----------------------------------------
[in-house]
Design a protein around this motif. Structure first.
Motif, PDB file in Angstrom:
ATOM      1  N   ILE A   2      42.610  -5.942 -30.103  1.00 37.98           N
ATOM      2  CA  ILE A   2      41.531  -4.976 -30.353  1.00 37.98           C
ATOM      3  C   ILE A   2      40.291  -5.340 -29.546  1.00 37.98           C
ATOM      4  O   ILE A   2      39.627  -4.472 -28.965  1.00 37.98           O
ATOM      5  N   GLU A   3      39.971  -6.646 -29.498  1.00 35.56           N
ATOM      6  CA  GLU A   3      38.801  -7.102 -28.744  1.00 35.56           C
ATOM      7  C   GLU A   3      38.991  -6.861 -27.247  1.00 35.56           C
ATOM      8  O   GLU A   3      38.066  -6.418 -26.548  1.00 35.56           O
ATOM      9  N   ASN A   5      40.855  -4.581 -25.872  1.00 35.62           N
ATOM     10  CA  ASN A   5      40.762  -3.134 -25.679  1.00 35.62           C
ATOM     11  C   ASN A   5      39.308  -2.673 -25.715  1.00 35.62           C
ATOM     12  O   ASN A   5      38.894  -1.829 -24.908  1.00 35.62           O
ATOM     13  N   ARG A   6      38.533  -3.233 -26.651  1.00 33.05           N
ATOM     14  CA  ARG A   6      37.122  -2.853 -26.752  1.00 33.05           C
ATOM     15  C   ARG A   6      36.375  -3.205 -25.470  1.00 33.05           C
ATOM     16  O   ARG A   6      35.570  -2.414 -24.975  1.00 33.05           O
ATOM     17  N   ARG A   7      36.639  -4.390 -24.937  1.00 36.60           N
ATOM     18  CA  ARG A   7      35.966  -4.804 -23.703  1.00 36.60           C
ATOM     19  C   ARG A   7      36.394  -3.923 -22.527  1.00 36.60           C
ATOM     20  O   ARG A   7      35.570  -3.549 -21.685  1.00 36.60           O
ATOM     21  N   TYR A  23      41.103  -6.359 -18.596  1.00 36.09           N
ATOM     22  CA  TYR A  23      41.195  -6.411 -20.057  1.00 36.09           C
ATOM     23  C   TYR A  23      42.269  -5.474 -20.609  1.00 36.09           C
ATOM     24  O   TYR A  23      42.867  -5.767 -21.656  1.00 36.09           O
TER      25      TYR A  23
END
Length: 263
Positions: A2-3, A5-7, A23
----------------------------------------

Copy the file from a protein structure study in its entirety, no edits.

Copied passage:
[in-house]
Design a protein around this motif. Structure first.
Motif, PDB file in Angstrom:
ATOM      1  N   ILE A   2      42.610  -5.942 -30.103  1.00 37.98           N
ATOM      2  CA  ILE A   2      41.531  -4.976 -30.353  1.00 37.98           C
ATOM      3  C   ILE A   2      40.291  -5.340 -29.546  1.00 37.98           C
ATOM      4  O   ILE A   2      39.627  -4.472 -28.965  1.00 37.98           O
ATOM      5  N   GLU A   3      39.971  -6.646 -29.498  1.00 35.56           N
ATOM      6  CA  GLU A   3      38.801  -7.102 -28.744  1.00 35.56           C
ATOM      7  C   GLU A   3      38.991  -6.861 -27.247  1.00 35.56           C
ATOM      8  O   GLU A   3      38.066  -6.418 -26.548  1.00 35.56           O
ATOM      9  N   ASN A   5      40.855  -4.581 -25.872  1.00 35.62           N
ATOM     10  CA  ASN A   5      40.762  -3.134 -25.679  1.00 35.62           C
ATOM     11  C   ASN A   5      39.308  -2.673 -25.715  1.00 35.62           C
ATOM     12  O   ASN A   5      38.894  -1.829 -24.908  1.00 35.62           O
ATOM     13  N   ARG A   6      38.533  -3.233 -26.651  1.00 33.05           N
ATOM     14  CA  ARG A   6      37.122  -2.853 -26.752  1.00 33.05           C
ATOM     15  C   ARG A   6      36.375  -3.205 -25.470  1.00 33.05           C
ATOM     16  O   ARG A   6      35.570  -2.414 -24.975  1.00 33.05           O
ATOM     17  N   ARG A   7      36.639  -4.390 -24.937  1.00 36.60           N
ATOM     18  CA  ARG A   7      35.966  -4.804 -23.703  1.00 36.60           C
ATOM     19  C   ARG A   7      36.394  -3.923 -22.527  1.00 36.60           C
ATOM     20  O   ARG A   7      35.570  -3.549 -21.685  1.00 36.60           O
ATOM     21  N   TYR A  23      41.103  -6.359 -18.596  1.00 36.09           N
ATOM     22  CA  TYR A  23      41.195  -6.411 -20.057  1.00 36.09           C
ATOM     23  C   TYR A  23      42.269  -5.474 -20.609  1.00 36.09           C
ATOM     24  O   TYR A  23      42.867  -5.767 -21.656  1.00 36.09           O
TER      25      TYR A  23
END
Length: 263
Positions: A2-3, A5-7, A23